Is There Life After Fert?

March 24, 2022

In March 2021 the wholesale price of natural gas began to rise and increased exponentially until by mid September it was 550 percent higher than it had been six months previously. The UK’s leading manufacturer of nitrogen fertilisers, the US-owned firm CF, shut down its two factories because they could not operate economically at that price.

The Government immediately went into a panic, and came to the rescue of one of the factories with an undisclosed amount of taxpayers’ money. This ostensibly was not through concern for fertiliser supplies, but because the carbon dioxide that is a by-product of producing nitrogen fertilisers is used for slaughtering animals and preserving food, and hence is a vital element in the UK’s just-in-time supply chain.

By the end of 2021 the price of gas was still five times higher than it had been at the beginning of the year. This crisis, along with the lorry-driver shortage, reinforced the views of a growing number of economists who predict the demise of just-in-time logistics. But it also exposed a more serious weakness in the food production process — the dependence of artificial fertilisers upon fossil fuels.

Analysts are wondering if a shortage of nitrogen fertiliser might affect global crop yields in 2022. “Who’s going to get the scarce tons that are out there?” asked CF’s Chief Executive Tony Will in an on-line conference. “There’s going to be a lot of unmet demand that’s going to be pent up. We do think yield is going to be, on a global basis, off next year, because there’s not enough tons available.”1


British non-organic farmers apply some 800,000 tonnes of artificial nitrogen every year2 — enough to grow a bumper wheat crop on all of the UK’s four million hectares of arable cropland. Its manufacture currently relies upon the fabrication of ammonia through the Haber-Bosch process, using so-called “grey hydrogen” derived from natural gas. Ammonia creates more CO2 emissions in its manufacture than any other industrial chemical reaction, uses about one percent of the world’s energy production and accounts for about one percent of its CO2 emissions.3 Globally over 80 percent of ammonia is used to make nitrogen fertiliser. However only 17 percent of the nitrogen in the fertiliser is consumed by humans in crops, dairy and meat products. The remainder leaches into the soil, air and water causing widespread biodiversity losses, eutrophication, and air quality issues from particulates, matter, emissions of greenhouse gases and stratospheric ozone loss.4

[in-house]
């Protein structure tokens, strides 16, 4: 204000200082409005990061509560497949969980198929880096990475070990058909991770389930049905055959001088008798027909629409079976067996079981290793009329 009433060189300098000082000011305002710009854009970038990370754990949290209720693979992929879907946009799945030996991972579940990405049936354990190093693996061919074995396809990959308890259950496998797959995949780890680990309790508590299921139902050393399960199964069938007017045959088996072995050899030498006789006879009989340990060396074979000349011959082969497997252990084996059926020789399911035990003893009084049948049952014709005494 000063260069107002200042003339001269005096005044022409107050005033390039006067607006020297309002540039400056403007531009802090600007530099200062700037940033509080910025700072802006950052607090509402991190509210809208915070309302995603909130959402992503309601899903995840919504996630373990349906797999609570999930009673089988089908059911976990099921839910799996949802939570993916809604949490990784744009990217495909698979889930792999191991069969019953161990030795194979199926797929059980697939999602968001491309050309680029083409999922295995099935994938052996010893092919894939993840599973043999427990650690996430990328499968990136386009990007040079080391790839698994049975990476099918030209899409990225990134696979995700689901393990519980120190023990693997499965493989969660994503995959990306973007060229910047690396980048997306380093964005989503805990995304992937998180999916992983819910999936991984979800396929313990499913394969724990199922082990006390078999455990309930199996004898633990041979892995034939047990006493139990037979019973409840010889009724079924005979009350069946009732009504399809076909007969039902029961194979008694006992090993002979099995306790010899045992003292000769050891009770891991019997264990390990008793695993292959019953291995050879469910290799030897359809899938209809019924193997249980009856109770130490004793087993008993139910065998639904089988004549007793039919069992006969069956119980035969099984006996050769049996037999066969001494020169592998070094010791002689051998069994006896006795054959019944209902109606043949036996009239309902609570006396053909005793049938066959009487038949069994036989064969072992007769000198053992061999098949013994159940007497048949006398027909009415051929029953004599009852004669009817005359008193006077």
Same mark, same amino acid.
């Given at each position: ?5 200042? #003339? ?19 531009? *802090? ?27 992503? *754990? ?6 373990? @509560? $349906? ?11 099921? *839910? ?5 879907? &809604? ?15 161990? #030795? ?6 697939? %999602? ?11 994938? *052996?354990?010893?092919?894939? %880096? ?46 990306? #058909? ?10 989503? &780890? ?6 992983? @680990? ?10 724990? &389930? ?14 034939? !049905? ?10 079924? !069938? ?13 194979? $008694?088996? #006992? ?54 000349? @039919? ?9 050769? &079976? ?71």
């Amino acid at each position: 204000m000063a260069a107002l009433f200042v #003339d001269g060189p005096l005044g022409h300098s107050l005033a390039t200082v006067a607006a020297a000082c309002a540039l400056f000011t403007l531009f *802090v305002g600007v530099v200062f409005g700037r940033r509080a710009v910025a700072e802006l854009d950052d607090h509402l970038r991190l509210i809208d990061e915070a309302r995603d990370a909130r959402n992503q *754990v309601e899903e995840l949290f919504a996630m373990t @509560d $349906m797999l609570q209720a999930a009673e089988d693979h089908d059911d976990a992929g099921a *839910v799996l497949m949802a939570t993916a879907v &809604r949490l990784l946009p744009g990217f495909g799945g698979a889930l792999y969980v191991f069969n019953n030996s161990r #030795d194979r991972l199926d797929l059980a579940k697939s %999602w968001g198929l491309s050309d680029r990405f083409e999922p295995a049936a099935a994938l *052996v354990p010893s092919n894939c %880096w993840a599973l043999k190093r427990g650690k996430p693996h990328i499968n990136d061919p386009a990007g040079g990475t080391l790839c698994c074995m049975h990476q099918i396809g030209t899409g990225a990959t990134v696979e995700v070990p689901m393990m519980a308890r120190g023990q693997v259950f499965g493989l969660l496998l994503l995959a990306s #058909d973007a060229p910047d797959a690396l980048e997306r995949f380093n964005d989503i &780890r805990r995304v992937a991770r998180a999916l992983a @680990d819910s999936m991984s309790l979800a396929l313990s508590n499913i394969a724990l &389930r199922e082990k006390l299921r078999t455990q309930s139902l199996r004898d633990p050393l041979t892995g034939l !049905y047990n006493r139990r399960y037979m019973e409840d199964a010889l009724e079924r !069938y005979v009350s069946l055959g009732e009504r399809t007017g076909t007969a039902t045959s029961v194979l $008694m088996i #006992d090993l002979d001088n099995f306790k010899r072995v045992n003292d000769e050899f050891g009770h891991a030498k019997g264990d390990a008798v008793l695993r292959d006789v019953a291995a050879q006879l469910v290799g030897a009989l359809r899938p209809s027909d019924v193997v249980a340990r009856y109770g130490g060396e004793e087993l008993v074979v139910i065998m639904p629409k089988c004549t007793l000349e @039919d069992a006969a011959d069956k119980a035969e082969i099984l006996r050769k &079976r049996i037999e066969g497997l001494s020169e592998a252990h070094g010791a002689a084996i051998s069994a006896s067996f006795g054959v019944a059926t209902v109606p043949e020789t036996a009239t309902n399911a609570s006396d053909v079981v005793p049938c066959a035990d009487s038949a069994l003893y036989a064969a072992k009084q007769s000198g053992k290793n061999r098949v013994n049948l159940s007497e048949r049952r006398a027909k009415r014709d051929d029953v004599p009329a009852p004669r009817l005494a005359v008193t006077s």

Recently the fertiliser industry has been looking into ways to reduce its global warming impact. One approach is to continue to use natural gas to make hydrogen but capture or store its carbon missions underground — so-called “blue hydrogen”, but this remains an experimental technology, and would still involve the release of some CO2 and methane. The real alchemist’s stone for these scientists is “green ammonia”, derived from “green hydrogen” produced by electrolysis using renewable electricity, which in theory could be zero carbon. European manufacturers such as the Norwegian company Yara, and the Spanish firm Fertiberia, are leading the way.

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There are problems, of course. Green hydrogen is two to three times as expensive as blue hydrogen, which in turn is more expensive than grey hydrogen. Electrolysis plants are costly, and currently only have a lifespan of ten years. But techno-pundits are optimistic that this cost will be reduced over time. Some rare metals required for processing may become hard to source, but again, analysts are confident that alternatives can be found.5

However the biggest obstacle to the production of zero carbon fertiliser may be that it is not alone in looking to green hydrogen for a solution. Every industrial process currently reliant on natural gas or oil — heavy goods, air traffic, steel production, cement, heating, etc — is after a slice of the green hydrogen pie, and at the moment that pie is tiny. The International Renewable Energy Agency reckon that to meet current scheduled demand the 0.2 gigawatt capacity of existing electrolysis facilities would need to increase 400-fold to 85 gigawatts by 2030, an annual growth rate of 83 percent — and this is barely a third of what will be necessary worldwide to keep global warming beneath two degrees.6 Bloomberg come to a similar conclusion:

Producing hydrogen at the scales required will be challenging. Meeting 24 percent of energy demand with hydrogen in a 1.5 degree scenario will require massive amounts of additional renewable electricity generation. Around 31,320 terawatt hours of electricity would be needed to power electrolysers – more than is currently produced worldwide from all sources.

Add to this the projected needs of the power sector and total renewable energy generation excluding hydro would need to top 60,000 terawatt hours, compared to under 3,000 today. China, much of Europe, Japan, Korea and South East Asia may not have enough suitable land to generate the renewable power required.7